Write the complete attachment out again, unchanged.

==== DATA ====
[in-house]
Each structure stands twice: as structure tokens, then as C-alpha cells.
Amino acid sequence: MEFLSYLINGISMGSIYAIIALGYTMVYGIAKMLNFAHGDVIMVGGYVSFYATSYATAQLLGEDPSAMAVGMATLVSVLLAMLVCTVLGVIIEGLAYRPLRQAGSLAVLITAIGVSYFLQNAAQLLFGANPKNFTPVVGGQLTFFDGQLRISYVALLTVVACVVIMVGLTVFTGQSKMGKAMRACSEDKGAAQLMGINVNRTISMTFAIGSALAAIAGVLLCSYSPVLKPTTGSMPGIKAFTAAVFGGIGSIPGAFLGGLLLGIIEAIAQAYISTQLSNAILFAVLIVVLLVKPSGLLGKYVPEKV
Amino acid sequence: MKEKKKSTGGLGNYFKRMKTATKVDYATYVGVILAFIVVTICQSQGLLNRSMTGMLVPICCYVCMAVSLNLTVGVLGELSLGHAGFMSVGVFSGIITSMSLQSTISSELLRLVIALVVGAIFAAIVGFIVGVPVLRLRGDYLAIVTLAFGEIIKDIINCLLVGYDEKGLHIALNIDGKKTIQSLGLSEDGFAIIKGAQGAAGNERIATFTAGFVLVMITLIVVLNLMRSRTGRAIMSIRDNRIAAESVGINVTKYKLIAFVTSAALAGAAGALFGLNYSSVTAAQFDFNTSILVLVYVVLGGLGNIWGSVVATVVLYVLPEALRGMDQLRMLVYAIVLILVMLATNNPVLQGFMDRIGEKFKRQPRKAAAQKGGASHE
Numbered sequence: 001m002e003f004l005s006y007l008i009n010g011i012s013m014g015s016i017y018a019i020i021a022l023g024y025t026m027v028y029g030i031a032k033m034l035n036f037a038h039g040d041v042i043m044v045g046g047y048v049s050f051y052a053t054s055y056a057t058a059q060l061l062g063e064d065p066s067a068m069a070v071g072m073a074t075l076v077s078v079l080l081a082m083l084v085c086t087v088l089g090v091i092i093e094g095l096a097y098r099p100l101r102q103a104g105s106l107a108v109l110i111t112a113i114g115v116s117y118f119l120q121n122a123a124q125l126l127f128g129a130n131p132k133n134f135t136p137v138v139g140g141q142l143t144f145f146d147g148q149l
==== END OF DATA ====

[in-house]
Each structure stands twice: as structure tokens, then as C-alpha cells.
Amino acid sequence: MEFLSYLINGISMGSIYAIIALGYTMVYGIAKMLNFAHGDVIMVGGYVSFYATSYATAQLLGEDPSAMAVGMATLVSVLLAMLVCTVLGVIIEGLAYRPLRQAGSLAVLITAIGVSYFLQNAAQLLFGANPKNFTPVVGGQLTFFDGQLRISYVALLTVVACVVIMVGLTVFTGQSKMGKAMRACSEDKGAAQLMGINVNRTISMTFAIGSALAAIAGVLLCSYSPVLKPTTGSMPGIKAFTAAVFGGIGSIPGAFLGGLLLGIIEAIAQAYISTQLSNAILFAVLIVVLLVKPSGLLGKYVPEKV
Amino acid sequence: MKEKKKSTGGLGNYFKRMKTATKVDYATYVGVILAFIVVTICQSQGLLNRSMTGMLVPICCYVCMAVSLNLTVGVLGELSLGHAGFMSVGVFSGIITSMSLQSTISSELLRLVIALVVGAIFAAIVGFIVGVPVLRLRGDYLAIVTLAFGEIIKDIINCLLVGYDEKGLHIALNIDGKKTIQSLGLSEDGFAIIKGAQGAAGNERIATFTAGFVLVMITLIVVLNLMRSRTGRAIMSIRDNRIAAESVGINVTKYKLIAFVTSAALAGAAGALFGLNYSSVTAAQFDFNTSILVLVYVVLGGLGNIWGSVVATVVLYVLPEALRGMDQLRMLVYAIVLILVMLATNNPVLQGFMDRIGEKFKRQPRKAAAQKGGASHE
Numbered sequence: 001m002e003f004l005s006y007l008i009n010g011i012s013m014g015s016i017y018a019i020i021a022l023g024y025t026m027v028y029g030i031a032k033m034l035n036f037a038h039g040d041v042i043m044v045g046g047y048v049s050f051y052a053t054s055y056a057t058a059q060l061l062g063e064d065p066s067a068m069a070v071g072m073a074t075l076v077s078v079l080l081a082m083l084v085c086t087v088l089g090v091i092i093e094g095l096a097y098r099p100l101r102q103a104g105s106l107a108v109l110i111t112a113i114g115v116s117y118f119l120q121n122a123a124q125l126l127f128g129a130n131p132k133n134f135t136p137v138v139g140g141q142l143t144f145f146d147g148q149l